Originally Posted by uptown_urbanist View Post
What kind of neighborhood do you like, what kind of housing, and what kind of budget?

I personally think the ultimate, best "family-friendly" neighborhood (all the basics -- great schools, safe, lots of parks, lots of other families -- plus extras like Lake Harriet, a historic trolley, one of the country's best children's bookstores, a destination toy store, and lots of other things) is the Linden Hills neighborhood in Minneapolis. Great housing, too, by my book (lots of beautiful historic houses, as well as some big new houses for those who like the new stuff). But... you pay for the privilege of living in Linden Hills, and your money will almost certainly go farther -- in terms of space and lot size -- elsewhere in the metro area. But if it's family-friendly you're after, and oozing with character, top schools, perfect Twin Cities location on the banks of beautiful Lake Harriet well, Linden Hills has you covered.
Top schools, um, not even close.....

New 4-year formula slashes high school grad rates | StarTribune.com

Minneapolis Public Schools (MPS) | Intellectual Takeout (ITO)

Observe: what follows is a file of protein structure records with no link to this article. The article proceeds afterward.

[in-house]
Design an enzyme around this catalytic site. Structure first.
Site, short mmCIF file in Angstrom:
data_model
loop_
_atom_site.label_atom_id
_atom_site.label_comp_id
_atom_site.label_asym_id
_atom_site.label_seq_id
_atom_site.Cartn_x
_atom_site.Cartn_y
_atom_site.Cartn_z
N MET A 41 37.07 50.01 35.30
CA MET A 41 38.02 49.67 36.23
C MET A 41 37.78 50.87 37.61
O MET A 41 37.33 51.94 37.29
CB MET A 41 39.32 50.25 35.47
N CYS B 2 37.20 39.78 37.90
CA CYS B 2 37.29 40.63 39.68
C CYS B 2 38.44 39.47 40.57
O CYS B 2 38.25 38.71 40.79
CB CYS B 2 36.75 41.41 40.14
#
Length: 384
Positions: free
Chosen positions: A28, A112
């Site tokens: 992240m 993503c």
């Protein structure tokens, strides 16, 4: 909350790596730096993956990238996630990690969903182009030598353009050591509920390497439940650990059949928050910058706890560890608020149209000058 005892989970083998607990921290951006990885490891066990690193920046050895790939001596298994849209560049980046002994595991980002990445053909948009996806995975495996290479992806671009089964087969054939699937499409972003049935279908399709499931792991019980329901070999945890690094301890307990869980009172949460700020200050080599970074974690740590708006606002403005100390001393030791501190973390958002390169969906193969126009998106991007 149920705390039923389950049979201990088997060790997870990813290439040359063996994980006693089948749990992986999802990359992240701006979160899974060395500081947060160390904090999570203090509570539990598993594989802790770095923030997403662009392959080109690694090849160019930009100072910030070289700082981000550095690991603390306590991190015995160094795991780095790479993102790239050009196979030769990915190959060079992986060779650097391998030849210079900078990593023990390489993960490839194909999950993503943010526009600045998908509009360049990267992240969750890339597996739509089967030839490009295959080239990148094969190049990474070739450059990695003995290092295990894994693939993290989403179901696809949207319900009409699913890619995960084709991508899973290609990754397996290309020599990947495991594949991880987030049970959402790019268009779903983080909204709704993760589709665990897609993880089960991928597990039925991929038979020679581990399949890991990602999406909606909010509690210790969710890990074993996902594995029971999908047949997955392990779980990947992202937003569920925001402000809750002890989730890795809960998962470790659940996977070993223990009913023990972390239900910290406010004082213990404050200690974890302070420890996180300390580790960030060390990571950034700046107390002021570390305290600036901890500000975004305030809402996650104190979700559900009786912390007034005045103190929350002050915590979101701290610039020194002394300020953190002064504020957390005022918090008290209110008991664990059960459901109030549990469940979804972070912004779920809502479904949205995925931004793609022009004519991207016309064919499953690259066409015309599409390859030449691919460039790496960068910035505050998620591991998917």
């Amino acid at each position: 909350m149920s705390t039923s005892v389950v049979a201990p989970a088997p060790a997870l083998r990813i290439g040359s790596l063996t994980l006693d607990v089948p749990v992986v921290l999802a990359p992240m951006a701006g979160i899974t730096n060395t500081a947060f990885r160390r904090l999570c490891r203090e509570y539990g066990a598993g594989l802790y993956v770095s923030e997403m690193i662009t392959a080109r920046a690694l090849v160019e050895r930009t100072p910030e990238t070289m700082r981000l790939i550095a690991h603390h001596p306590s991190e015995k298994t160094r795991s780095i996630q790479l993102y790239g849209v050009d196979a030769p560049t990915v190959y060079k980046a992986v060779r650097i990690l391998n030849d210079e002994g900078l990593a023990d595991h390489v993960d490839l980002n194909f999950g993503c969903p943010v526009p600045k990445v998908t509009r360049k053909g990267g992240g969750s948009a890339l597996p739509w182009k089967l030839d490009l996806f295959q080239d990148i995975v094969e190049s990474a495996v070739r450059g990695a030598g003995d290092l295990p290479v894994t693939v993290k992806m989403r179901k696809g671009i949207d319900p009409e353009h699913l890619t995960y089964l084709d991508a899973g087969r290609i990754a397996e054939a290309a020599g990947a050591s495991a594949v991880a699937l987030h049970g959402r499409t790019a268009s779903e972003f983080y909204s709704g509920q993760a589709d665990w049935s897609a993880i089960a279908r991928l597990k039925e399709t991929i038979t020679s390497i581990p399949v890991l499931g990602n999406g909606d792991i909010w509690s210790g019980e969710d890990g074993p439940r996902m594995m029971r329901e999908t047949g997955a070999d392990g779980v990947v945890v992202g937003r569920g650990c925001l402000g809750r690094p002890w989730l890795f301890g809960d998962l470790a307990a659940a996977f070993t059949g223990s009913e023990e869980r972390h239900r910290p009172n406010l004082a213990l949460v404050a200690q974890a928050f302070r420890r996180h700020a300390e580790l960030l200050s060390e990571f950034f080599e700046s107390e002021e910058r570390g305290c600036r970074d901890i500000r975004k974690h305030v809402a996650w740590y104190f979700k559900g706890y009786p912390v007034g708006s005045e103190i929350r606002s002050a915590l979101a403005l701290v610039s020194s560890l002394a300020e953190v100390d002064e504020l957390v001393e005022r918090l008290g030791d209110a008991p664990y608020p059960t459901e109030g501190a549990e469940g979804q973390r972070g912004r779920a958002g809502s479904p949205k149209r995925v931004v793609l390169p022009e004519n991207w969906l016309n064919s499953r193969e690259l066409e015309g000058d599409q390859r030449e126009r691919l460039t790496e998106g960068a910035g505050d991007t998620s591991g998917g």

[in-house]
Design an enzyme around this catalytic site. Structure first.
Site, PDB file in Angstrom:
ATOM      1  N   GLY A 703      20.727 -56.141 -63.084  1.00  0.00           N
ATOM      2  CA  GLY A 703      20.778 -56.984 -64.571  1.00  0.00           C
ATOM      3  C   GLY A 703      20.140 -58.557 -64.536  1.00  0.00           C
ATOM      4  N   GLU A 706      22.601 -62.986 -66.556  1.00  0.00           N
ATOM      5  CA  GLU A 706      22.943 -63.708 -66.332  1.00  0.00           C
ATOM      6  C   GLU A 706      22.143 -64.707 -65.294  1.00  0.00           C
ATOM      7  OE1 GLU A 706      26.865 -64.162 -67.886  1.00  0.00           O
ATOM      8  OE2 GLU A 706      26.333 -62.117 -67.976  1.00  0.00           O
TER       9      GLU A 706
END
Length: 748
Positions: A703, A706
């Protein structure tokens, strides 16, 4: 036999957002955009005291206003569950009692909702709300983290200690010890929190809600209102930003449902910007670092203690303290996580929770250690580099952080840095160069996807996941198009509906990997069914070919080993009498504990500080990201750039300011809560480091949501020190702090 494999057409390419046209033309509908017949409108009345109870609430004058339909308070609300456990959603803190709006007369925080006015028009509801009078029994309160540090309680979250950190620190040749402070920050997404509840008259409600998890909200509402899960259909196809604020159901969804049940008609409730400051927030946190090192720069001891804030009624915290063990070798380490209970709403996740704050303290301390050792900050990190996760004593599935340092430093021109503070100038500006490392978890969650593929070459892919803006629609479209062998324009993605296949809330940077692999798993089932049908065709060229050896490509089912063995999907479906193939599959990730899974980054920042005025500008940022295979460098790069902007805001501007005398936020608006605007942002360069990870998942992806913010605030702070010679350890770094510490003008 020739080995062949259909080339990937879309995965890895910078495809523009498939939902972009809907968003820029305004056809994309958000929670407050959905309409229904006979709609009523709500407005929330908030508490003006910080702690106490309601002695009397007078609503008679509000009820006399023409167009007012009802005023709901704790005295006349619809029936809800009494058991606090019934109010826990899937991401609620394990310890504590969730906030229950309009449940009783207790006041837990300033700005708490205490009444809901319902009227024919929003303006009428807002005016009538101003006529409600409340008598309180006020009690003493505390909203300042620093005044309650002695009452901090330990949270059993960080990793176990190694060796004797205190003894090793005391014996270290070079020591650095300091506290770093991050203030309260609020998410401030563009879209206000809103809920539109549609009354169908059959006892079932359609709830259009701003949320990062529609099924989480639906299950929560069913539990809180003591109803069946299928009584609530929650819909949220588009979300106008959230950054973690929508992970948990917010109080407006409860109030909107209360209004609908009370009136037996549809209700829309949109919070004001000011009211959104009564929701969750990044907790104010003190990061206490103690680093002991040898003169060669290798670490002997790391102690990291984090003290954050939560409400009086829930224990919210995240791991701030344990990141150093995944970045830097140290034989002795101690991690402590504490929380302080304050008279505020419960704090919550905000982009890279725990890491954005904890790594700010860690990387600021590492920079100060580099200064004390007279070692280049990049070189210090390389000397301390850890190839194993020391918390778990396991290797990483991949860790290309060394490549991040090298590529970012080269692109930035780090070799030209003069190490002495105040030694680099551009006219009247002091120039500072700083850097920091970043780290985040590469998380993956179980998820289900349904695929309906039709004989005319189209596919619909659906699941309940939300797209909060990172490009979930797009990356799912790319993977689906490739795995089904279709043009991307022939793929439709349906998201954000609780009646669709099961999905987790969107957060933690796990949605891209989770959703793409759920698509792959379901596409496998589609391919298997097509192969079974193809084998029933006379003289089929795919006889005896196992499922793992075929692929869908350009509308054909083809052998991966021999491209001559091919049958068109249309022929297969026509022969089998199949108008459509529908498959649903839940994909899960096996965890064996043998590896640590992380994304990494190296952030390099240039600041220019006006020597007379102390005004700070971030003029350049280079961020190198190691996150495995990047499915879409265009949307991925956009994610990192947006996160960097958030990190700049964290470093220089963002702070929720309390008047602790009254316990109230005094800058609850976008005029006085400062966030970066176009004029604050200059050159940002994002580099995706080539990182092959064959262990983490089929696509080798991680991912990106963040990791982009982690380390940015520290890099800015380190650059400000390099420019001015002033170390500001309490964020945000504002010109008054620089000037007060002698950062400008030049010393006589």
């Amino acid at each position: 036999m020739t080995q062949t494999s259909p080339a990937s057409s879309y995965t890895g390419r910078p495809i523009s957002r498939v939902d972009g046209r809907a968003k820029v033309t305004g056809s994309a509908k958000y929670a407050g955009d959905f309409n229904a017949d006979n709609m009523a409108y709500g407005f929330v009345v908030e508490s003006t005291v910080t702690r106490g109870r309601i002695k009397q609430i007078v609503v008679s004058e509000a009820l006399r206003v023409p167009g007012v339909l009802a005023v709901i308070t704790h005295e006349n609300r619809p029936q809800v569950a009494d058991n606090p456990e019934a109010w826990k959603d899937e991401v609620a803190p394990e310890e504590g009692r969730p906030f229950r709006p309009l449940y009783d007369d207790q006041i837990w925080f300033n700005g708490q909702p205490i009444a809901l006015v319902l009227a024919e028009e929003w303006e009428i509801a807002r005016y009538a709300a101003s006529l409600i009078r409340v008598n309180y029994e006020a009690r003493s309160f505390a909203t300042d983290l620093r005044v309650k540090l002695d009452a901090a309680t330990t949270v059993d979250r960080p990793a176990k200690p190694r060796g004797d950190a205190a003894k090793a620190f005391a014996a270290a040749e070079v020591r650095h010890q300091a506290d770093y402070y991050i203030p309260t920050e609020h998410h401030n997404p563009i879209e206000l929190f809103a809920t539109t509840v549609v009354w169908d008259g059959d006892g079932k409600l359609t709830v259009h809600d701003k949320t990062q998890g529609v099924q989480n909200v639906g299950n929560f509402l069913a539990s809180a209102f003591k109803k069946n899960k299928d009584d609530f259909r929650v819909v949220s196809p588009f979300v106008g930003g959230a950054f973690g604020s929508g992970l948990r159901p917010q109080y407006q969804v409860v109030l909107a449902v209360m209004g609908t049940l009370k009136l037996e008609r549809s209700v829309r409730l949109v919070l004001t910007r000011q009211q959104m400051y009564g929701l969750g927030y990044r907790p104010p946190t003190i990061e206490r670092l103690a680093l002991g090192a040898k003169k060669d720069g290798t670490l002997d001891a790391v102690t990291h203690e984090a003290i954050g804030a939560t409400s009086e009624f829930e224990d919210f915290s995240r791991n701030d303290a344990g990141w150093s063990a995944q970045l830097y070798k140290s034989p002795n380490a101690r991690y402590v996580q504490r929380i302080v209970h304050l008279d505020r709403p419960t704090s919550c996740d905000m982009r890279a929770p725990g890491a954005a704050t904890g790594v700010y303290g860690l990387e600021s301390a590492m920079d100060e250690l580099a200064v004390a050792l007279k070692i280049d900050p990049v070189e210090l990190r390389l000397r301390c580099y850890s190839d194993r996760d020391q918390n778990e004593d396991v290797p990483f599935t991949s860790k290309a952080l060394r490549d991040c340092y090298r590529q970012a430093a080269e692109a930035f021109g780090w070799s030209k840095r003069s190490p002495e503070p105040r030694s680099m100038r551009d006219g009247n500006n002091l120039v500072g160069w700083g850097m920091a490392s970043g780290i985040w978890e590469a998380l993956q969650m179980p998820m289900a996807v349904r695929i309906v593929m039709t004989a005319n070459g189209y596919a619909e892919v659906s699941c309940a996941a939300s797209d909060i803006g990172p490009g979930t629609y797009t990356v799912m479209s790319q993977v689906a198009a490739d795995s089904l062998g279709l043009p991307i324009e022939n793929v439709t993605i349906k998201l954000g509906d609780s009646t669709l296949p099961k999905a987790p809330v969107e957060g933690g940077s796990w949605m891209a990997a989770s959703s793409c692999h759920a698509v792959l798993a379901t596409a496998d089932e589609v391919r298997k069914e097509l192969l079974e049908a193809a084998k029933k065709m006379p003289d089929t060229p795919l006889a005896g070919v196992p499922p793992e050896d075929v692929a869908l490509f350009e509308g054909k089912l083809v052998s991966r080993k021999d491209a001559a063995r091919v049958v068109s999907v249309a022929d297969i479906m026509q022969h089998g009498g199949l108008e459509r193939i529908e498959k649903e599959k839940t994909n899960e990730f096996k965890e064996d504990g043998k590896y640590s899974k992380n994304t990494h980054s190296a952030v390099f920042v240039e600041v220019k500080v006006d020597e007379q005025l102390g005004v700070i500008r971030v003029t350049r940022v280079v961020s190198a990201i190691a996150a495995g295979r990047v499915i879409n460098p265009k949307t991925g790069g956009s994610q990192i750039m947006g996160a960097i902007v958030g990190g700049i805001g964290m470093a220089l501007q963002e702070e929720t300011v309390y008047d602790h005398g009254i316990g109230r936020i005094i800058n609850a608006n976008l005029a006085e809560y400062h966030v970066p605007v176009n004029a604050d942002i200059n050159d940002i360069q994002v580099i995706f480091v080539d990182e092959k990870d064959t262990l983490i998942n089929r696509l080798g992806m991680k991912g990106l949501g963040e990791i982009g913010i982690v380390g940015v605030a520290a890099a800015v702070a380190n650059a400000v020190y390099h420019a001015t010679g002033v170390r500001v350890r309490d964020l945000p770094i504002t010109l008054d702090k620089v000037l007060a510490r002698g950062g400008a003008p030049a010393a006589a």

Downtown Journal : stories

etc.....
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Old 11-30-2012, 08:42 AM
 
10,629 posts, read 25,211,770 times
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What are you talking about?! I know you have a personal vendetta against the city, and clearly you prefer your 'hood (which is reasonable enough; we all have our own preferences), but it's silly to suggest that the schools in Linden Hills are lacking. Yes, Linden Hills clearly has excellent schools. Check out Lake Harriet Community School for the K-8 crowd, and Southwest High School for the older kids. People move to Linden Hills partly for the schools. Now are the local schools the ONLY great schools around? No, of course not. But the schools are top-notch, and the neighborhood perfect, I think, for families. Of course every family has different preferences (and a different budget), so whether it's right for this family depends on their tastes.
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Old 11-30-2012, 09:57 AM